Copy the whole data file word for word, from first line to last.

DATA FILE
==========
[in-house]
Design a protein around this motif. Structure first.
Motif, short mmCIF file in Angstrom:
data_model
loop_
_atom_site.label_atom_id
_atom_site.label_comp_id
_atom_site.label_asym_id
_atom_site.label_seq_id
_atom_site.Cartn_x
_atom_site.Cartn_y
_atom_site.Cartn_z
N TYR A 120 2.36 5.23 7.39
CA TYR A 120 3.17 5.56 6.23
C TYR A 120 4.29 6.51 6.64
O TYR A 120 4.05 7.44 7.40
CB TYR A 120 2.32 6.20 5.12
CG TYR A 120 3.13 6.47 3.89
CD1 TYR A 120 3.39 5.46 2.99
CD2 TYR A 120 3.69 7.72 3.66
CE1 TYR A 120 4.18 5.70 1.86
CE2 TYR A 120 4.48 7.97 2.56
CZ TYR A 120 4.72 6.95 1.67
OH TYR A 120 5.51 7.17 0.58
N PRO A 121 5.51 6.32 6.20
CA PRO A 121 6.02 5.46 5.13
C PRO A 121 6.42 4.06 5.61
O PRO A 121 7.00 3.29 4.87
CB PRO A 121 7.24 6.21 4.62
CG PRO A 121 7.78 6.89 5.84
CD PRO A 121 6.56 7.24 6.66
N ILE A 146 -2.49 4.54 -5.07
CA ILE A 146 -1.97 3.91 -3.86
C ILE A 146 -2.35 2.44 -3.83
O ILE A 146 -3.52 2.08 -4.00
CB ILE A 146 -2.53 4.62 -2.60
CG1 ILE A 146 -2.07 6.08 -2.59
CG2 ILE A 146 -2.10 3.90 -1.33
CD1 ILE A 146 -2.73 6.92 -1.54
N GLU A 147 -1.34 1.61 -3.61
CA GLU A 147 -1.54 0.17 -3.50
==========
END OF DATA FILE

[in-house]
Design a protein around this motif. Structure first.
Motif, short mmCIF file in Angstrom:
data_model
loop_
_atom_site.label_atom_id
_atom_site.label_comp_id
_atom_site.label_asym_id
_atom_site.label_seq_id
_atom_site.Cartn_x
_atom_site.Cartn_y
_atom_site.Cartn_z
N TYR A 120 2.36 5.23 7.39
CA TYR A 120 3.17 5.56 6.23
C TYR A 120 4.29 6.51 6.64
O TYR A 120 4.05 7.44 7.40
CB TYR A 120 2.32 6.20 5.12
CG TYR A 120 3.13 6.47 3.89
CD1 TYR A 120 3.39 5.46 2.99
CD2 TYR A 120 3.69 7.72 3.66
CE1 TYR A 120 4.18 5.70 1.86
CE2 TYR A 120 4.48 7.97 2.56
CZ TYR A 120 4.72 6.95 1.67
OH TYR A 120 5.51 7.17 0.58
N PRO A 121 5.51 6.32 6.20
CA PRO A 121 6.02 5.46 5.13
C PRO A 121 6.42 4.06 5.61
O PRO A 121 7.00 3.29 4.87
CB PRO A 121 7.24 6.21 4.62
CG PRO A 121 7.78 6.89 5.84
CD PRO A 121 6.56 7.24 6.66
N ILE A 146 -2.49 4.54 -5.07
CA ILE A 146 -1.97 3.91 -3.86
C ILE A 146 -2.35 2.44 -3.83
O ILE A 146 -3.52 2.08 -4.00
CB ILE A 146 -2.53 4.62 -2.60
CG1 ILE A 146 -2.07 6.08 -2.59
CG2 ILE A 146 -2.10 3.90 -1.33
CD1 ILE A 146 -2.73 6.92 -1.54
N GLU A 147 -1.34 1.61 -3.61
CA GLU A 147 -1.54 0.17 -3.50